DUBLIN, Ohio - Kenny Perry will celebrate his 48th birthday in August. That will start his two-year countdown to the Champions Tour, meaning his days are numbered on the PGA Tour.
There is not a lot for which Perry wants. He has won nine times and posted top-10 finishes 88 times as a professional. He has earned millions and given away millions. It's true. For 22 years he has been donating 5 percent of his winnings to Lipscomb University in Nashville to fund scholarships for kids from his home county in Kentucky who desire a faith-based education. Those career earnings recently passed $22 million.
Thirteen years ago, he took out a $2.5 million loan to buy land and then design and build a public golf course in his hometown of Franklin. In an era of can-you-top-this course design, Perry created one to be enjoyed by mid-to-high handicappers and charges modest greens fees. And, yes, when he's in town, he's behind the counter.
Kenny Perry is one of the good guys in sports. That aw-gosh smile is as genuine as that homemade swing, and ego is always checked at the door. He doesn't figure golf owes him anything, but if he might, he'd like just one teensy-weensy little favor before he heads off into the sunset.
The Ryder Cup will be staged in Kentucky for the first time this September when the U.S. and the International teams square off at Valhalla Golf Club in Louisville, a two-hour drive from Perry's front door. When the band strikes up "My Old Kentucky Home" at the prematch ceremonies, he wants to be there donned in red, white, and blue.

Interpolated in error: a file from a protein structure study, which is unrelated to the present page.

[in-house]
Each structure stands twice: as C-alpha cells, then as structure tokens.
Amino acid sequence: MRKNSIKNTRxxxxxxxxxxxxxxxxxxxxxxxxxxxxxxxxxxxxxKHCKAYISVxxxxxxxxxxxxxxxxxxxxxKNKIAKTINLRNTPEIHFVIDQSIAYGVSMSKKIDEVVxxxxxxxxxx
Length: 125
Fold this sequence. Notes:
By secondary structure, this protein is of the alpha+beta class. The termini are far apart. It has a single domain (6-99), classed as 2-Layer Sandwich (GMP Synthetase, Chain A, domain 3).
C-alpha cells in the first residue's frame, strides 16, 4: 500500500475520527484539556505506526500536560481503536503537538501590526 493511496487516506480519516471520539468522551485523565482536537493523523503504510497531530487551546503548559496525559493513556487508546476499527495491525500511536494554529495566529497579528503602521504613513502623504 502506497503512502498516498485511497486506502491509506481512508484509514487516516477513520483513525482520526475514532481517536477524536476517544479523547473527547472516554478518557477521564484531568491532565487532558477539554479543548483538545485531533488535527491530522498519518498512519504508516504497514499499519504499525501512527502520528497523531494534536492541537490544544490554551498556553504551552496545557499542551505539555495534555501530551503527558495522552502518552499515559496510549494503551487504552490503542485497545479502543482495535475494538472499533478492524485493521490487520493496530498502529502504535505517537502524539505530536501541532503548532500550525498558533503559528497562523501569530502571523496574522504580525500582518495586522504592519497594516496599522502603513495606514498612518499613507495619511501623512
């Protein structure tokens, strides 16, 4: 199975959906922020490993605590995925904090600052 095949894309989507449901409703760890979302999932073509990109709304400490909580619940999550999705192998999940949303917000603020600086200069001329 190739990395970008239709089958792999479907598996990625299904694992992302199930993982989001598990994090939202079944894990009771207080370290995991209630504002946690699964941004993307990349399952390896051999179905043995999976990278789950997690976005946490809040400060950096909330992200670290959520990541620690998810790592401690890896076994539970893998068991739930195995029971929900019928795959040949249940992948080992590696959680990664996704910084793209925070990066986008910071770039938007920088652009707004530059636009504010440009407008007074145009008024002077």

"Everybody knows I'm trying to make that Ryder Cup team," Perry said. "That's my only goal this year. I'm just laying it on the line."
Perry currently resides in 17th place on the Ryder points list. The top eight automatically make the team and four other players are selected by captain Paul Azinger.
Under the circumstances, it's hard not to be a Kenny Perry fan.
That's why his final-round 81 at the Players Championship, after three days of being in the heart of contention, hurt so much. That's why his playoff loss to Ryuji Imada in Atlanta a week later was such a dagger to the heart. That's why his inability to get even top-10 points last week in Fort Worth prompted Perry to call it "a week lost."
And that's why his share of the lead after 36 holes of the Memorial is such a boost.
Perry knows that "every shot, every hole matters right now," especially with Azinger on site at Muirfield Village.
The captain inferred earlier this week that candidates for the team would have to win their way into a captain's pick.
"That kind of bummed me out a little bit," Perry admitted.
Because winning isn't easy. It's not just dealing with Tiger and Phil. It's the unpredictability of the majors and the sudden predictability of the flat-bellied 20-somethings on tour, nine of whom have already won this year.
So the Memorial, where Perry has won twice, presents itself as, perhaps, his best bet.
Yesterday's round featured an impressive rally. Perry started on the back nine and dropped three strokes to par on his first five holes. Then he chipped in from 35 yards for a dramatic eagle at the par-5 15th hole and rallied for a 1-under-par 71.
"I hit the shot of my life to kind of keep the ship from sinking," he said. "It lifted my spirits and turned the round around."
And kept his 2008 Ryder Cup dream alive.
Contact Blade sports columnist
Dave Hackenberg at:
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